How do we know the New Testament is reliable? In this clear introduction, Dr. Ben Shaw systematically surveys key scholarly topics related to the New Testament's historical credibility. Concise chapters provide guidance for exploring a wide variety of evidence including archaeology, authorship, text criticism, and non-Christian sources.
Benno van den Toren and Kang-San Tan provide a global, intercultural model of apologetics as crosscultural dialogue and accountable witness. Filled with Scriptural examples and real-world experiences, this is a conversational, patient, holistic, and embodied guide to creating true dialogue in our multicultural, multifaith world.
The more we understand how Scripture came to be, the more we discover its power and truth. Unpacking how the history of the Bible bolsters our faith, historian Susan Lim explains how Christians came to accept certain documents as inspired and how the books we now call the Bible came to be assembled and canonized as authoritative.
Understanding other faiths is essential not just to interreligious dialogue, but also to grasping one's own faith. Covering world religions including Atheism, Judaism, Hinduism, Buddhism, Daoism, Christianity, and Islam, Douglas Groothuis creatively uses a single sentence for each one as a way to open readers to their depth and complexity.
Every generation faces the temptation to wander from Christian teaching, and so every generation must be awakened again to the thrill of orthodoxy. Returning to the church's creeds, Trevin Wax beckons us away from the broad yet ultimately boring road of heresy and toward the path of orthodoxy where true adventures can be found.
How can we understand God's work in a world permeated with evil? Narrating her own wrestling with evil as well as engaging in biblical and philosophical analysis, biblical scholar Ingrid Faro explores the many dimensions to evil in a way that is soberly honest, biblically engaged, and theologically nuanced.
What is life all about? Is there any meaning to our existence? Os Guinness invites us to examine our lives and join the quest for meaning and a life well lived. Calling for a firm grasp of reason, an honest awareness of conscience, and a living sense of wonder, this volume invites you to come and find yourself on a sure path to meaning.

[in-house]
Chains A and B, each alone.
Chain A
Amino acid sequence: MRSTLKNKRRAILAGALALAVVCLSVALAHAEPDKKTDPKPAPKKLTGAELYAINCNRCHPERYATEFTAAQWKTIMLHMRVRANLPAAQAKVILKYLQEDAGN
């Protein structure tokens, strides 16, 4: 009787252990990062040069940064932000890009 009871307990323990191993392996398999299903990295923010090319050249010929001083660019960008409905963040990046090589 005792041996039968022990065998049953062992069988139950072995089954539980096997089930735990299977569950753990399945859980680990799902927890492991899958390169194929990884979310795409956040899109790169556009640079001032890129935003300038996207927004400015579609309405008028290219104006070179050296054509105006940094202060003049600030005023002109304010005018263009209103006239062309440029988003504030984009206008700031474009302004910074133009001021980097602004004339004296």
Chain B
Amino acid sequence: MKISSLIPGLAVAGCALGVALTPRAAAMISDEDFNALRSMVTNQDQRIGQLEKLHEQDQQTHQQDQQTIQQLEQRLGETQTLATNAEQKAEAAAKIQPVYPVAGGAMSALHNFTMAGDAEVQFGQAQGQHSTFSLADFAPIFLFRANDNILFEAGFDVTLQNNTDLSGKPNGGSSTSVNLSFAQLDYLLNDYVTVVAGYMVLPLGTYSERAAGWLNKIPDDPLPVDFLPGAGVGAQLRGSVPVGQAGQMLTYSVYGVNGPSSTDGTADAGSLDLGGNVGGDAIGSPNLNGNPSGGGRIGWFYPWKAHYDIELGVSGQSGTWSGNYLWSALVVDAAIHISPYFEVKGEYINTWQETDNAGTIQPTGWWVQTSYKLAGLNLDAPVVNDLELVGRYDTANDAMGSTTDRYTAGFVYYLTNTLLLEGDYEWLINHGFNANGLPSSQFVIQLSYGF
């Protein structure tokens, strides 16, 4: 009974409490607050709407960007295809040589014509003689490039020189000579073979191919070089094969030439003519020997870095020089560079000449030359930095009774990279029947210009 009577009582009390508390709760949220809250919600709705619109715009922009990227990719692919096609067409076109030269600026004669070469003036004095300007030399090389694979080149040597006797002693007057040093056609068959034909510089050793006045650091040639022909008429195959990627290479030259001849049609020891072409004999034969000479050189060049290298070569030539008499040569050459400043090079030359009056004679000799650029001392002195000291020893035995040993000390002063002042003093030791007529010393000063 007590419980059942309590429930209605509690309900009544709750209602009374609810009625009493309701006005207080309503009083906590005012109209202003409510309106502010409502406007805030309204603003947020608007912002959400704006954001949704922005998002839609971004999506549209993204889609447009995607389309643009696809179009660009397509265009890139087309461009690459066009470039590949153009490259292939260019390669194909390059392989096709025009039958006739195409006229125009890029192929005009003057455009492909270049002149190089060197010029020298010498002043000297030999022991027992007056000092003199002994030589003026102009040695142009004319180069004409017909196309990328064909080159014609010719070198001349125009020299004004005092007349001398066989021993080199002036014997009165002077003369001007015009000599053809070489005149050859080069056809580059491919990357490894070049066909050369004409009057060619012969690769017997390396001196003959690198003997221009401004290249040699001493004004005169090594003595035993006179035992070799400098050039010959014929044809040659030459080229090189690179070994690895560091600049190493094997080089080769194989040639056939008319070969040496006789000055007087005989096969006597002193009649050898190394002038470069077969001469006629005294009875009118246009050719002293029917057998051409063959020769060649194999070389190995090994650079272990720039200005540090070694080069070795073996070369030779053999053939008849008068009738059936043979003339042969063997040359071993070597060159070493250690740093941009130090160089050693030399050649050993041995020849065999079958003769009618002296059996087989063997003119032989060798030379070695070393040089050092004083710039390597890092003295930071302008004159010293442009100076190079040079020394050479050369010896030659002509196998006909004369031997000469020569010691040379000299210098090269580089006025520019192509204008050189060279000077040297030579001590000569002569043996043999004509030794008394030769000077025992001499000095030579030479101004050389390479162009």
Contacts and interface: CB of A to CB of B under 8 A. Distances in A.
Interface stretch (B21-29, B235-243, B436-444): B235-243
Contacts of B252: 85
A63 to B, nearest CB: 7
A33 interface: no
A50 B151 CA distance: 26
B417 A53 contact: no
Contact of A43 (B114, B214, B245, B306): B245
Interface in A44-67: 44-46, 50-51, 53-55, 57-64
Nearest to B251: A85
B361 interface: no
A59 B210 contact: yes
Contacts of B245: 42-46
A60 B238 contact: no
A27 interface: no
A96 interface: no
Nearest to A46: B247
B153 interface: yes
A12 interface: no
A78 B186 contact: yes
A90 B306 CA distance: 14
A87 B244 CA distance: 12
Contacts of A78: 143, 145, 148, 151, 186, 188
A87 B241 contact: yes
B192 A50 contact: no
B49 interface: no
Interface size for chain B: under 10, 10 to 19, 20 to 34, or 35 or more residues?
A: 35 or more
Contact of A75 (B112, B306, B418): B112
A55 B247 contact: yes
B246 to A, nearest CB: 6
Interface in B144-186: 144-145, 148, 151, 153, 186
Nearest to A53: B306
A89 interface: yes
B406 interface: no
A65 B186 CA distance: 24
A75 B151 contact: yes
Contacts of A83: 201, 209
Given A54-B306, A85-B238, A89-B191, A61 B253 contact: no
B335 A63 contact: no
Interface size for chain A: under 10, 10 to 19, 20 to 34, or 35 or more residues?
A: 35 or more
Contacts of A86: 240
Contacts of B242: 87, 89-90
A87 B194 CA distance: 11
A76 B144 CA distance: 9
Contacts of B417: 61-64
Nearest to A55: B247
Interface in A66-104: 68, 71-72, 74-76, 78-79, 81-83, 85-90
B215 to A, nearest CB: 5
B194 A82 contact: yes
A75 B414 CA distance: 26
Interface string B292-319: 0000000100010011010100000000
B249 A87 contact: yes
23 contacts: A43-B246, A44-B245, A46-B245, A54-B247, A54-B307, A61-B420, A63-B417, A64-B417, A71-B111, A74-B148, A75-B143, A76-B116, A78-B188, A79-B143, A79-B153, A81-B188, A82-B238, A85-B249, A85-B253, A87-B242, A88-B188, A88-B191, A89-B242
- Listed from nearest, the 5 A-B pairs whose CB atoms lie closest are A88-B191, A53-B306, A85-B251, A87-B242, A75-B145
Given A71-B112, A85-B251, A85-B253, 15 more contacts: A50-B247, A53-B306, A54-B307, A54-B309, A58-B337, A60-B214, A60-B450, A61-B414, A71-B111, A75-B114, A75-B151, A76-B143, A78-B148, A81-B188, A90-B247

What if the biblical creation account is true, with the origins of Adam and Eve taking place alongside evolution? Building on well-established but overlooked science, S. Joshua Swamidass explains how it's possible for Adam and Eve to be rightly identified as the ancestors of everyone, opening up new possibilities for understanding Adam and Eve consistent both with current scientific consensus and with traditional readings of Scripture.
Western mission often centers the senders, without as much understanding of the receivers' experiences. Weaving together theology and stories from diaspora groups, Ethiopian American mission practitioner Mekdes Haddis provides a postcolonial critique of Western mission, upending the white savior complex and arguing for a globally just approach.
Modern life tells us that it's up to us to forge our own identities and to make our lives significant. But the Christian gospel offers a strikingly different vision—one that reframes the way we understand ourselves, our families, our society, and God. Contrasting these two visions of life, Alan Noble invites us into a better understanding of who we are and to whom we belong.
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